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in the letter of General Washington, as President of the Convention, transmitting it to Congress. Here are his words:

"It is obviously impracticable, in the Federal Government of these States, to secure all rights of independent sovereignty to each, and yet provide for the interest and safety of all. Individuals entering into society must give up a share of liberty to preserve the rest. . . . . In all our deliberations on this subject we kept steadily in our view that which appeared to us the greatest interest of every true American, the consolidation of our Union, in which is involved our prosperity, felicity, safety, perhaps our national existence "i


I am content, when I find myself with the support of this great name.

By the adoption of the Constitution the people of the United States constituted themselves a Nation, one and indivisible, with all the unity and power of a nation. They were no longer a confederation, subject to the disturbing pretensions, prejudices, and whims of component parts; but they became a body politic, where every part was subordinate to the Constitution, as every part of the natural body is subordinate to the principle of life. The sovereignty of the United States, where all are but parts of one vivifying whole, was the controlling unit. The powers then and there conferred upon the nation were supreme. And those very powers I now invoke, in the name of the Union, and to the end that pretensions in the name of State Rights may be overthrown.

I have thus presented a picture of these intolerable pretensions. But they must be examined more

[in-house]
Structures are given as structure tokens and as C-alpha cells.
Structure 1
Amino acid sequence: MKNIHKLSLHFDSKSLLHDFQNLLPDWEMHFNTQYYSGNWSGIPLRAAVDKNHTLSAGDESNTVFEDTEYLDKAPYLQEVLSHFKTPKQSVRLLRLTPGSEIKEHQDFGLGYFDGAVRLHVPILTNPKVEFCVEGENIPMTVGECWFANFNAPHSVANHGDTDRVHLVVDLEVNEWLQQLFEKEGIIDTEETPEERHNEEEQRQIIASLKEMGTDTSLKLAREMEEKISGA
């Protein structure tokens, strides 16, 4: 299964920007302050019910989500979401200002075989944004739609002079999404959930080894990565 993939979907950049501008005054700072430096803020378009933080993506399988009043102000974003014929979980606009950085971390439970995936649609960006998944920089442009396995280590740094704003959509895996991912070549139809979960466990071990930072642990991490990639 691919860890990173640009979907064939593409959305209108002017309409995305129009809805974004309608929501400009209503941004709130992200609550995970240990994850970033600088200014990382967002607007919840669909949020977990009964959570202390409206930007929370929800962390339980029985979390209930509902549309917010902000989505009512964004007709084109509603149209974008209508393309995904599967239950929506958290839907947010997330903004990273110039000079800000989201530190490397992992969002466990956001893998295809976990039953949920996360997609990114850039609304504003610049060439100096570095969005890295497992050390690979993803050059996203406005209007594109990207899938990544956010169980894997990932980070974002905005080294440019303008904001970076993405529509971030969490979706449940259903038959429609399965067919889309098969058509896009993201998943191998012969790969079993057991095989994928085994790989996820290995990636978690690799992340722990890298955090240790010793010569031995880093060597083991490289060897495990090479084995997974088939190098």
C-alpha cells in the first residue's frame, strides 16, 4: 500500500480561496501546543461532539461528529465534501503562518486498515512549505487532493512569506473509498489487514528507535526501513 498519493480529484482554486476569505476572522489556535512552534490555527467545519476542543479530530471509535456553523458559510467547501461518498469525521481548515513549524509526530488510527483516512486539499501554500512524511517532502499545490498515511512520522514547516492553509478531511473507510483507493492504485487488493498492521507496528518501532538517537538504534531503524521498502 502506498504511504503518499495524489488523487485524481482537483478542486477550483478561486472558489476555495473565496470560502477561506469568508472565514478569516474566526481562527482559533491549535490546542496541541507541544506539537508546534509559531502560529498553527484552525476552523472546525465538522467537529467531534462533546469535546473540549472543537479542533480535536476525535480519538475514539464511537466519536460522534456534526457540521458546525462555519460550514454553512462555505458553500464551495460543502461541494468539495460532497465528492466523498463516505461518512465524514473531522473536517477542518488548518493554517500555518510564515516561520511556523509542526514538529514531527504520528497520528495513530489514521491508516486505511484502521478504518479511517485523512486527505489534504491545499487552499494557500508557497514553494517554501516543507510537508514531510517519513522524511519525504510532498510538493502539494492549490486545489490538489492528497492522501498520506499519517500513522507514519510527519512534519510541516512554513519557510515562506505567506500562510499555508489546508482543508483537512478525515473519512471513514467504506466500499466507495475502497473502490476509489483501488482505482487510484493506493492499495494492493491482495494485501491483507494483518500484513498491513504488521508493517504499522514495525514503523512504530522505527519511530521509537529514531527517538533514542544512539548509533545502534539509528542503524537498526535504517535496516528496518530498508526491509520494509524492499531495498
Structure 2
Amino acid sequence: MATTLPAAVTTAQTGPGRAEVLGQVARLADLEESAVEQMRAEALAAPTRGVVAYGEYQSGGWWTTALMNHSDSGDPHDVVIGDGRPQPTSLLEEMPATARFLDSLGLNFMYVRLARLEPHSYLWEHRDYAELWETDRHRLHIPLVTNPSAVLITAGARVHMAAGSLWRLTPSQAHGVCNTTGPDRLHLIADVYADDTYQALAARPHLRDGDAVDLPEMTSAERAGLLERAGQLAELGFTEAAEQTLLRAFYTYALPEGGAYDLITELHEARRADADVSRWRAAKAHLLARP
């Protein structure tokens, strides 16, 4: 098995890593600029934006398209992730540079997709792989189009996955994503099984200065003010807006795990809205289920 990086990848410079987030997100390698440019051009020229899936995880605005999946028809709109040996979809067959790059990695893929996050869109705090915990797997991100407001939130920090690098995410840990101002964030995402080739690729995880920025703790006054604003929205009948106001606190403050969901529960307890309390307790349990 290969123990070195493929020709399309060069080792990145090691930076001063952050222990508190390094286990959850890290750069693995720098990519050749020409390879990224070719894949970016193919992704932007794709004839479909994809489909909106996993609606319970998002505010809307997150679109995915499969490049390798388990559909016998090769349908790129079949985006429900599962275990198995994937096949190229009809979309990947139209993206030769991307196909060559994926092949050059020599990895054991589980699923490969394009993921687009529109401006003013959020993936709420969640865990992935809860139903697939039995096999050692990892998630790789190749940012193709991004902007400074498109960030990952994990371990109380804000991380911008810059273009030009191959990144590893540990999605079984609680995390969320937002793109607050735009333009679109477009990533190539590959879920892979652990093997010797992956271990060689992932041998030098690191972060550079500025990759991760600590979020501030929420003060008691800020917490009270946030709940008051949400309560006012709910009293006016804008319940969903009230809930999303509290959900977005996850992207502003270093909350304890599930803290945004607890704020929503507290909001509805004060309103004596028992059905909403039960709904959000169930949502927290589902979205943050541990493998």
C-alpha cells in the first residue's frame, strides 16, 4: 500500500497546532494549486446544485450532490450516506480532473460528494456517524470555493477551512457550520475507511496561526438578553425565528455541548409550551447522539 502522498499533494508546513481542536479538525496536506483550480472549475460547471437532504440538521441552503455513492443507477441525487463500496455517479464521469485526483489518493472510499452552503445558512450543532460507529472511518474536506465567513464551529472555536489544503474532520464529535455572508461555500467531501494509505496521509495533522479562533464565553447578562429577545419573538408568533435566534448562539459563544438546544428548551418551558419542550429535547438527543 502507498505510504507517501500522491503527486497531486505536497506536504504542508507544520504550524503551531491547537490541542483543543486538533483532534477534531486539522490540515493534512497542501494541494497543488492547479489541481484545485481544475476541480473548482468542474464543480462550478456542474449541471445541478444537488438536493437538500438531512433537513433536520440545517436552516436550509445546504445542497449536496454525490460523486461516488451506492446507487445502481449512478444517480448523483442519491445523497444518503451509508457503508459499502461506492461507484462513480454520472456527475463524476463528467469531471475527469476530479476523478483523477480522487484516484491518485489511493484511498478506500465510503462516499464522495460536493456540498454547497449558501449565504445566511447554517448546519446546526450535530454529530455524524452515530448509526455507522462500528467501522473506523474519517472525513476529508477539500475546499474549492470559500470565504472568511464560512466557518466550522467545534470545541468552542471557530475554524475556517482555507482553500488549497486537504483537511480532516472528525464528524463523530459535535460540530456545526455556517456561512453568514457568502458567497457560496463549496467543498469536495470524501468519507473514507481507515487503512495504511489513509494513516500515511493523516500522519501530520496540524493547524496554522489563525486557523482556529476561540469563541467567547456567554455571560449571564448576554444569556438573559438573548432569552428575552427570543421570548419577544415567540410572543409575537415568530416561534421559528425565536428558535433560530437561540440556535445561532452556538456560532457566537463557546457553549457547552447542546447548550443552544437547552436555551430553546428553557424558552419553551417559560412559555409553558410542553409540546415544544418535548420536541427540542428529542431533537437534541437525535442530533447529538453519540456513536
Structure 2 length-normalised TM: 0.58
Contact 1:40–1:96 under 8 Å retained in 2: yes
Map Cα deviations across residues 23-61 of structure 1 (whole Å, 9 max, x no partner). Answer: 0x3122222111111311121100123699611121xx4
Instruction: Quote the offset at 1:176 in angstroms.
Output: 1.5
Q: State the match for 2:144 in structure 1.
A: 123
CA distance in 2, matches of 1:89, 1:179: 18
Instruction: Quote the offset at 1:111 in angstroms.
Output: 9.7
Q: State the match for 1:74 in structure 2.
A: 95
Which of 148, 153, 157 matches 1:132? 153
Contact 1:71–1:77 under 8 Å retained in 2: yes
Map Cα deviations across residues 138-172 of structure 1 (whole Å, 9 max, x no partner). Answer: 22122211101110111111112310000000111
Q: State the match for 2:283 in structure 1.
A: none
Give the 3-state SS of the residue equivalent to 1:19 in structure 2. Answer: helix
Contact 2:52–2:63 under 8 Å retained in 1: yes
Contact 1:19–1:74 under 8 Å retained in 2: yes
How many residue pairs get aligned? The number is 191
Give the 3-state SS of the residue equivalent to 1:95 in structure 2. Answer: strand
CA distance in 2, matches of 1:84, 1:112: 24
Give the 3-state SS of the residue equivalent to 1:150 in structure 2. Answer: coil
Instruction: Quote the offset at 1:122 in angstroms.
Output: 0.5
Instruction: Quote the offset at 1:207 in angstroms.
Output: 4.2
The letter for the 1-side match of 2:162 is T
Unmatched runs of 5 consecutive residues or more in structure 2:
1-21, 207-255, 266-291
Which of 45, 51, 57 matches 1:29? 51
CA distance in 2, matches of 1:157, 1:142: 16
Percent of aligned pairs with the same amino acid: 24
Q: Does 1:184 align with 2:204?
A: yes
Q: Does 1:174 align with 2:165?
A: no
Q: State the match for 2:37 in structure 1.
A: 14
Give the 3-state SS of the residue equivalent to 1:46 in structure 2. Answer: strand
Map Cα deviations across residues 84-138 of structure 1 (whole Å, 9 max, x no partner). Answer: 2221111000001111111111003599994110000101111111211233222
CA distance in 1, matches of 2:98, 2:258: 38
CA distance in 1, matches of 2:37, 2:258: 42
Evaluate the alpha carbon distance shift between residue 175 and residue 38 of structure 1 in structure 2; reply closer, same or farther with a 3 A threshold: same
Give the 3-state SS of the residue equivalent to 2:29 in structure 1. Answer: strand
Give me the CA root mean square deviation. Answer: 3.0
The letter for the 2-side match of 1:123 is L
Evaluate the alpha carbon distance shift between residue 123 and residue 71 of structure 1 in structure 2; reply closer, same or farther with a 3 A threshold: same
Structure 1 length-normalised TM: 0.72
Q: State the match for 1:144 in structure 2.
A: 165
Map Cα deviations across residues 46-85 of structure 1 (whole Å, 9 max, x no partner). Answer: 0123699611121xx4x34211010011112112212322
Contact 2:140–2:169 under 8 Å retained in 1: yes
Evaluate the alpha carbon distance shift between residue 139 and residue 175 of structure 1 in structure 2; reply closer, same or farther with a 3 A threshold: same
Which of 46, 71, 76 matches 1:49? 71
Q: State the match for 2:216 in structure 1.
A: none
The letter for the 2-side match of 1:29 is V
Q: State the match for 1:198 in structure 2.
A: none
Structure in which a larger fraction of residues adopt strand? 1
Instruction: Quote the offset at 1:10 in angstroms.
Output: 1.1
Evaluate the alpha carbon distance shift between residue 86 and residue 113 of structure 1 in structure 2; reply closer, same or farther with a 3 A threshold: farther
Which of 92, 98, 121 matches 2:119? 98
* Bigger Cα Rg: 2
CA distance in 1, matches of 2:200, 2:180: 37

1 Madison's Debates, September 12, 1787.

minutely. They may be seen, first, in their character as a monopoly, and, secondly, in their character as a Usurpation under the Constitution of the United States. I need not say that in each they are equally indefensible.

If you go back to the earliest days of English history, you find that monopolies have from the beginning been odious, as contrary to the ancient and fundamental laws of the realm. A writer who is often quoted in the courts says: "All grants of this kind relating to any known trade are made void by the Common Law, as being against the freedom of trade, and discouraging labor and industry, and restraining persons from getting an honest livelihood by a lawful employment, and putting it in the power of particular persons to set what prices they please on a commodity." But, without claiming that the present monopoly is void at Common Law, it is enough to show its inconsistency with the Constitution. Here I borrow Mr. Webster's language in his famous argument against the monopoly of steam navigation granted by the State of New York:

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"Now I think it very reasonable to say that the Constitution never intended to leave with the States the power of granting monopolies either of trade or of navigation, and therefore, that, as to this, the commercial power is exclusive in Congress.'


Then again he says:

"I insist that the nature of the case and of the power did imperiously require that such important authority as that

1 Hawkins, Pleas of the Crown, Book I. ch. 79, sec. 1.

2 Works, Vol. VI. p. 8.

of granting monopolies of trade and navigation should not be considered as still retained by the States."1

And, yet again, he adduces an authority which ought to be conclusive on the present occasion: it is that of New Jersey, on the formation of the Constitution:

"The New Jersey resolutions complain that the regulation of trade was in the power of the several States, within their separate jurisdiction, to such a degree as to involve many difficulties and embarrassments; and they express an earnest opinion that the sole and exclusive power of regulating trade with foreign states ought to be in Congress."2

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But the power of regulating trade "among the States' stands on the same reason, and also on the same text of the Constitution.